As machine vision and imaging technology become more advanced, attention is being paid to data outside the ordinary visible spectrum. Visible light makes up only a tiny portion of the total spectrum, which can provide a tremendous amount of environmental information. Multispectral imaging seeks to expand users' knowledge of the surroundings by capturing image data across the electromagnetic spectrum.
Uses of Multispectral Imaging & Analysis
There are many ways to implement multispectral imaging, but it generally combines two to five spectral imaging bands – each representing relatively large bandwidth – into one system. Examples of industry applications include:
The earliest, most successful uses of MSI were initially in diagnostic medicine. Multispectral imaging allows healthcare providers to pinpoint the presence of diseases hard to identify through other means. Soon, MSI may be combined with nanotechnology to diagnose health issues at the level of individual cells.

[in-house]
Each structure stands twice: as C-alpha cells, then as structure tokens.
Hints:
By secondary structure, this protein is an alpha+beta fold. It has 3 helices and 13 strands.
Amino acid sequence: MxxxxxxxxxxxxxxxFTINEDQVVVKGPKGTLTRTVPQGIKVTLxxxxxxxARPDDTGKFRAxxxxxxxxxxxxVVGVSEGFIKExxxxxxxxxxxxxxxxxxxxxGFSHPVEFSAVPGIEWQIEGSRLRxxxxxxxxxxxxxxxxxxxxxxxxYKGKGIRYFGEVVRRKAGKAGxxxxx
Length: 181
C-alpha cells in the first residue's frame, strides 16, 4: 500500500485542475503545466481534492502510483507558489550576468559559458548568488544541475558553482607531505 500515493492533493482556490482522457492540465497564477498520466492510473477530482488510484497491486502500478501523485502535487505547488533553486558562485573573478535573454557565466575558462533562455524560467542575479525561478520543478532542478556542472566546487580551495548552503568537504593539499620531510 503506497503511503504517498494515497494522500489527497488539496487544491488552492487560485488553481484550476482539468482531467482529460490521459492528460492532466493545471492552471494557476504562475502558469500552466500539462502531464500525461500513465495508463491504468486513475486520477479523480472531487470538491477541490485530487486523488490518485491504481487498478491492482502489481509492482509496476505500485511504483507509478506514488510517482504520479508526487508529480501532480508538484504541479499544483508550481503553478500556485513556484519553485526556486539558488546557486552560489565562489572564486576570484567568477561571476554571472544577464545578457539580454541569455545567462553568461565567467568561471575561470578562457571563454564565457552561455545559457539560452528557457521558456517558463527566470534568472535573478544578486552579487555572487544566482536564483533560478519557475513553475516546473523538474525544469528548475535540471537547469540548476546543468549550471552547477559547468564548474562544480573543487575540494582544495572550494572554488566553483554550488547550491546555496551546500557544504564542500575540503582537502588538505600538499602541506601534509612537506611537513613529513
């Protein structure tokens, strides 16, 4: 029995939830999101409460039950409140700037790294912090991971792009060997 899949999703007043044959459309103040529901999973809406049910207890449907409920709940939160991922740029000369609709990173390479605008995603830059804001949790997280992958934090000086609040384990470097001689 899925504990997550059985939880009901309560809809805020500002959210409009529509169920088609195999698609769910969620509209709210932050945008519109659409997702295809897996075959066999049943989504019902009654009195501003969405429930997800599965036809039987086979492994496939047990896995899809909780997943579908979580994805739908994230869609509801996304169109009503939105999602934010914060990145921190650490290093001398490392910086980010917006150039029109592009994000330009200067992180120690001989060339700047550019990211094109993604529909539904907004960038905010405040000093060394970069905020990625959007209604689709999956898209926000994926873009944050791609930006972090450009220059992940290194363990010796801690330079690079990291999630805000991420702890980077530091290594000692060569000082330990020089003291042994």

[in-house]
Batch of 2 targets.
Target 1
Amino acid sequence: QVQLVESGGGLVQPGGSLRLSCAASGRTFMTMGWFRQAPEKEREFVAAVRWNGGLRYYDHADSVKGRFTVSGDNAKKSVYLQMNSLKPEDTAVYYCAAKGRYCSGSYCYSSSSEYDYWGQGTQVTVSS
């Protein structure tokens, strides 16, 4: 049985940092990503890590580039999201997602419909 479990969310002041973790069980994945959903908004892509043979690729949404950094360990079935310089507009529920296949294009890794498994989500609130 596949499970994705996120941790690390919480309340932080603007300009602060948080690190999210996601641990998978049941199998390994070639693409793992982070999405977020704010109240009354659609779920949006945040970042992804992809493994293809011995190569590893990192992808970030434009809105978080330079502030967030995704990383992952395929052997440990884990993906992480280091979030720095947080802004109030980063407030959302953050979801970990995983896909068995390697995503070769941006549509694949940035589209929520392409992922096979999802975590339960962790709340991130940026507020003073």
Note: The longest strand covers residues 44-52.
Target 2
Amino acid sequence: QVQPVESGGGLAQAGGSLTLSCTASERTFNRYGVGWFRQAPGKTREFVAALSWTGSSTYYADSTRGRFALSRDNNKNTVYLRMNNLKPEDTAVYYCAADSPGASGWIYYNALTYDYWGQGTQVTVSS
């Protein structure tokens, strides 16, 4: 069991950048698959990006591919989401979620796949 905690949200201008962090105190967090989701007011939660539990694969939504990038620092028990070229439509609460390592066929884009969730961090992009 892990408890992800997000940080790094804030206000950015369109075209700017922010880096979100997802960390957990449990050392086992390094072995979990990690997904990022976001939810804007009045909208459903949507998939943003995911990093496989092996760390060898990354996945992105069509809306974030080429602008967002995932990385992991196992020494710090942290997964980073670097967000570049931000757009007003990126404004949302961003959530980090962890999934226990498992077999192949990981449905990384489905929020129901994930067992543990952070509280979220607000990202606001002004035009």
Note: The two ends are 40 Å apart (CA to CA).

In a time of environmental concern, MSI is found in technologies that monitor Earth’s well-being. NASA makes extensive use of MSI in its orbiting satellites – advanced imaging technology makes it easier to map the progress of disasters, observe weather patterns, and keep tabs on agriculture anywhere in the world.
Today’s military deals with unconventional threats and must monitor enemies that often have an advantage on local terrain. Multispectral imaging has a host of military applications, from locating improvised explosives to uncovering enemy movements and even pinpointing the depth of hidden bunkers.
Once out of reach for all but the richest enterprises, multispectral imaging will soon enter the toolkits of a wider variety of industrial concerns worldwide. This offers tremendous opportunities for both industrial process improvement and expanding our fundamental knowledge.